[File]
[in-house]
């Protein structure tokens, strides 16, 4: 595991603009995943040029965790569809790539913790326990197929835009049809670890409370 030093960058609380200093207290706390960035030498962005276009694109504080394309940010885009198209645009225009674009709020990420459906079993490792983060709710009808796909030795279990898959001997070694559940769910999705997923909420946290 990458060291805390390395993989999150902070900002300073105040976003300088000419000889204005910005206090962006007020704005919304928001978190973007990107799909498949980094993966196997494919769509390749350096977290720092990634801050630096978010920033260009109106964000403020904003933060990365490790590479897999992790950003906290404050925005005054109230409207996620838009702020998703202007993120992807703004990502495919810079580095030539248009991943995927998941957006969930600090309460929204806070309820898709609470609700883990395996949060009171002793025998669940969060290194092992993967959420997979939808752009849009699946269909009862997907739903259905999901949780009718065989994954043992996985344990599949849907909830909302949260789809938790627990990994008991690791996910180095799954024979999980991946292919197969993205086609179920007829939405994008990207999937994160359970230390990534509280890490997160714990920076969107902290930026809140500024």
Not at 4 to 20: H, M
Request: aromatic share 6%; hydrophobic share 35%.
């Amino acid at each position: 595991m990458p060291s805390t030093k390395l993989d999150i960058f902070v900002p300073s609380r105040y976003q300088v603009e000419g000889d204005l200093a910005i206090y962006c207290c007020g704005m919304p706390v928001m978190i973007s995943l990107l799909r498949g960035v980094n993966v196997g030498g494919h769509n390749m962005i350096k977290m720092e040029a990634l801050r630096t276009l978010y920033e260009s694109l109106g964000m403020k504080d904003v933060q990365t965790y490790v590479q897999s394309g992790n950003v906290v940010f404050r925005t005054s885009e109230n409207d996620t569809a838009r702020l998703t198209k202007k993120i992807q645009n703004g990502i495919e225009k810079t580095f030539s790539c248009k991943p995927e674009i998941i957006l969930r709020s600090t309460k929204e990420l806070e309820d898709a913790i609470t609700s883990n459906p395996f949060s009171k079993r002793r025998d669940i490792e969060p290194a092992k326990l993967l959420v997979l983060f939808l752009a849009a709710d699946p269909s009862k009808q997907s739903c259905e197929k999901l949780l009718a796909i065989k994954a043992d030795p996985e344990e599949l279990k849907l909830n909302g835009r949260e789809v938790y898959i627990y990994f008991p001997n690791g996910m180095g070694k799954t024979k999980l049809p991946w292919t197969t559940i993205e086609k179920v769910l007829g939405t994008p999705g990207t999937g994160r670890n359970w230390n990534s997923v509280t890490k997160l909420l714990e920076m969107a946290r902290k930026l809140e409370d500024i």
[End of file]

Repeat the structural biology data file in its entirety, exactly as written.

[in-house]
């Protein structure tokens, strides 16, 4: 595991603009995943040029965790569809790539913790326990197929835009049809670890409370 030093960058609380200093207290706390960035030498962005276009694109504080394309940010885009198209645009225009674009709020990420459906079993490792983060709710009808796909030795279990898959001997070694559940769910999705997923909420946290 990458060291805390390395993989999150902070900002300073105040976003300088000419000889204005910005206090962006007020704005919304928001978190973007990107799909498949980094993966196997494919769509390749350096977290720092990634801050630096978010920033260009109106964000403020904003933060990365490790590479897999992790950003906290404050925005005054109230409207996620838009702020998703202007993120992807703004990502495919810079580095030539248009991943995927998941957006969930600090309460929204806070309820898709609470609700883990395996949060009171002793025998669940969060290194092992993967959420997979939808752009849009699946269909009862997907739903259905999901949780009718065989994954043992996985344990599949849907909830909302949260789809938790627990990994008991690791996910180095799954024979999980991946292919197969993205086609179920007829939405994008990207999937994160359970230390990534509280890490997160714990920076969107902290930026809140500024």
Not at 4 to 20: H, M
Request: aromatic share 6%; hydrophobic share 35%.
């Amino acid at each position: 595991m990458p060291s805390t030093k390395l993989d999150i960058f902070v900002p300073s609380r105040y976003q300088v603009e000419g000889d204005l200093a910005i206090y962006c207290c007020g704005m919304p706390v928001m978190i973007s995943l990107l799909r498949g960035v980094n993966v196997g030498g494919h769509n390749m962005i350096k977290m720092e040029a990634l801050r630096t276009l978010y920033e260009s694109l109106g964000m403020k504080d904003v933060q990365t965790y490790v590479q897999s394309g992790n950003v906290v940010f404050r925005t005054s885009e109230n409207d996620t569809a838009r702020l998703t198209k202007k993120i992807q645009n703004g990502i495919e225009k810079t580095f030539s790539c248009k991943p995927e674009i998941i957006l969930r709020s600090t309460k929204e990420l806070e309820d898709a913790i609470t609700s883990n459906p395996f949060s009171k079993r002793r025998d669940i490792e969060p290194a092992k326990l993967l959420v997979l983060f939808l752009a849009a709710d699946p269909s009862k009808q997907s739903c259905e197929k999901l949780l009718a796909i065989k994954a043992d030795p996985e344990e599949l279990k849907l909830n909302g835009r949260e789809v938790y898959i627990y990994f008991p001997n690791g996910m180095g070694k799954t024979k999980l049809p991946w292919t197969t559940i993205e086609k179920v769910l007829g939405t994008p999705g990207t999937g994160r670890n359970w230390n990534s997923v509280t890490k997160l909420l714990e920076m969107a946290r902290k930026l809140e409370d500024i």